Denmark’s municipal elections could see low turnout without foreign citizens

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Ritzau/The Local - [email protected]
Denmark’s municipal elections could see low turnout without foreign citizens
Election poster going up in Copenhagen. Photo: Jacob Ehrbahn/Polfoto/Ritzau

More EU citizens than ever before are eligible to vote in upcoming regional and municipal elections in Denmark.


Denmark’s municipal elections take place on November 21st, and election posters can already be seen across the country.

This year’s elections could potentially see a record number of EU and Norwegian citizens vote at municipal and regional polls in Denmark.

Since the last elections in 2013, the number of EU citizens eligible to vote in the elections has increased by 32 percent, according to an analysis carried out by interest organisation Local Government Denmark (Kommunernes Landsforening) publication Momentum.

The largest contingent of eligible voters comes from Poland, where 31, 000 have the right to vote.

Around 21,700 Romanians, and a similar number of Germans, are also able to vote in the Danish municipal and regional elections.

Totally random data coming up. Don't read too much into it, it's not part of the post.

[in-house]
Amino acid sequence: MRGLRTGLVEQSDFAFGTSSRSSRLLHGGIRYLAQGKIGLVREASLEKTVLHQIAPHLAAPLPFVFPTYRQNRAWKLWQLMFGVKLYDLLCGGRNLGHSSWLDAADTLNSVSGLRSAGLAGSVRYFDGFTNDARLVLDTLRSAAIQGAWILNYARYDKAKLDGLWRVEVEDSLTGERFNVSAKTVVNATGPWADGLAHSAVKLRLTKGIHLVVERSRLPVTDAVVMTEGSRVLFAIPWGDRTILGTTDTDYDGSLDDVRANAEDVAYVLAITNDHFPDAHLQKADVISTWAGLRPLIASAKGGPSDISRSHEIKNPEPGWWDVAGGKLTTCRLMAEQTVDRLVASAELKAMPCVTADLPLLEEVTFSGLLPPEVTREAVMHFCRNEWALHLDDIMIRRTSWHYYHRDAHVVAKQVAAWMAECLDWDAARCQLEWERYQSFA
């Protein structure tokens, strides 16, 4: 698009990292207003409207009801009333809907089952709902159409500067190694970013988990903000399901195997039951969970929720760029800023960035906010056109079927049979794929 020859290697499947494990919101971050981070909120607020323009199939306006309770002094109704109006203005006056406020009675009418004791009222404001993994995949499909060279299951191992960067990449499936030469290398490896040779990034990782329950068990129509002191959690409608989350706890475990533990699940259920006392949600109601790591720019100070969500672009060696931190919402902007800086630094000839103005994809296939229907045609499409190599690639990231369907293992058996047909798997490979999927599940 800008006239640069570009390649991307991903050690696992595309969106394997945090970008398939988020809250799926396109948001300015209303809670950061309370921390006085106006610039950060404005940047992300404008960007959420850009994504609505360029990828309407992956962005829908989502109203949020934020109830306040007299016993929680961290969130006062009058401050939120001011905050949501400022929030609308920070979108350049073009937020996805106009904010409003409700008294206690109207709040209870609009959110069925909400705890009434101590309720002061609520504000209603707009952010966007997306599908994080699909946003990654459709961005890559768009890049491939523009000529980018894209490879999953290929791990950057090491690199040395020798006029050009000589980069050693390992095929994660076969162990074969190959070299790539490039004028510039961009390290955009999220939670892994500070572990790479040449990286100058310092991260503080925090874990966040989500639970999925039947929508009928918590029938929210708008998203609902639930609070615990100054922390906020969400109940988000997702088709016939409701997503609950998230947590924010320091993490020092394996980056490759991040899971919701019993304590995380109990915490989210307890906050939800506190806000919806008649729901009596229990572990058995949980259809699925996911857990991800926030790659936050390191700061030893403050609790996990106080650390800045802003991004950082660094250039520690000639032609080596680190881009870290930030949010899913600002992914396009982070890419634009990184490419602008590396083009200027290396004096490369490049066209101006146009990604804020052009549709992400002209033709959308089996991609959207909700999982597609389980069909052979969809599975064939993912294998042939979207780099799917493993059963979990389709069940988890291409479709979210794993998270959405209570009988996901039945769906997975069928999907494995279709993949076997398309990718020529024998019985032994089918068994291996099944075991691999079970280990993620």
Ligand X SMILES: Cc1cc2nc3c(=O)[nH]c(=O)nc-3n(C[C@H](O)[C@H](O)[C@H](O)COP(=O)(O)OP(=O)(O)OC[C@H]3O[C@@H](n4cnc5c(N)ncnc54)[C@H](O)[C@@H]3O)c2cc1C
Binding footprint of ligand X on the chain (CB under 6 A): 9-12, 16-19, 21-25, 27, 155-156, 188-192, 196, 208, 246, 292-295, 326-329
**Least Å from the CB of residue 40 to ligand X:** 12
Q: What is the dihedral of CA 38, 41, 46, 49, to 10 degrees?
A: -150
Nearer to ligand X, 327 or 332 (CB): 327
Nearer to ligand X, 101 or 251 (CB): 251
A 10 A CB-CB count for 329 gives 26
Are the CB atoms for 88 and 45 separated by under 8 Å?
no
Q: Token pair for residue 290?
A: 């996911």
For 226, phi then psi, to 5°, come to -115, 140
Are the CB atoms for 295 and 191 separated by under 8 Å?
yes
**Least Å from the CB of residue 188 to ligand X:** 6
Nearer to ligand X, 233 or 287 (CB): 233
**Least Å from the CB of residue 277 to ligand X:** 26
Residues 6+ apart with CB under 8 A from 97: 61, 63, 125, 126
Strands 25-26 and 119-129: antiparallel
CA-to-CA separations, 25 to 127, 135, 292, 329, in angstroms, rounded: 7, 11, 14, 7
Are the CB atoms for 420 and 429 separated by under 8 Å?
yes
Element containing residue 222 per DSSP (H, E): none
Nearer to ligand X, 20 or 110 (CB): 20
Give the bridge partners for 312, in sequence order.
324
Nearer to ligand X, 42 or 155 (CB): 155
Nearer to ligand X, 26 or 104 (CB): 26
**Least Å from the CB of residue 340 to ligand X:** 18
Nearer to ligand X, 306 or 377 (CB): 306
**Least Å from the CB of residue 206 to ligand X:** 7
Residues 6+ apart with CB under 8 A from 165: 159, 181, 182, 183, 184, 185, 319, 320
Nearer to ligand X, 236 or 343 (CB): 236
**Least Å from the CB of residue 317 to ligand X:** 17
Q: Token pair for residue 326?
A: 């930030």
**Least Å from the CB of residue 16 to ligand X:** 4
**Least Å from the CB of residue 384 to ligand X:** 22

Ringsted Municipality now has over 1,000 EU voters – double the number at the previous election – eligible to vote on November 21st.

The town’s mayor Henrik Hvidesten said that many of that number don’t consider it important to vote.

“Many are well aware that they are only living here temporarily, until the building of the [Copenhagen] metro is finished,” Hvidesten told Momentum.

In 2013, only 14.8 percent of eligible Poles and 13.8 percent of eligible Romanians voted.

Researcher and professor at the University of Copenhagen’s Department of Political Science Kasper Møller Hansen said that low turnout from Eastern European citizens and others like them could have a noticeable effect.

“They vote significantly less than Danes and will bring turnout figures down considerably,” Hansen told Momentum.

"This is a group in which most are here to work, not because they want to stay here permanently. Their focus is therefore on their home country – politically, linguistically and culturally,” he said.

The Council for Ethnic Minorities has published a set of guidelines to help foreign citizens who want to participate in elections in Denmark. The guidelines have been translated into nine languages, including Polish and Romanian. 

READ ALSO: EU citizens don't realise they have a vote: Romanian candidate in Danish election



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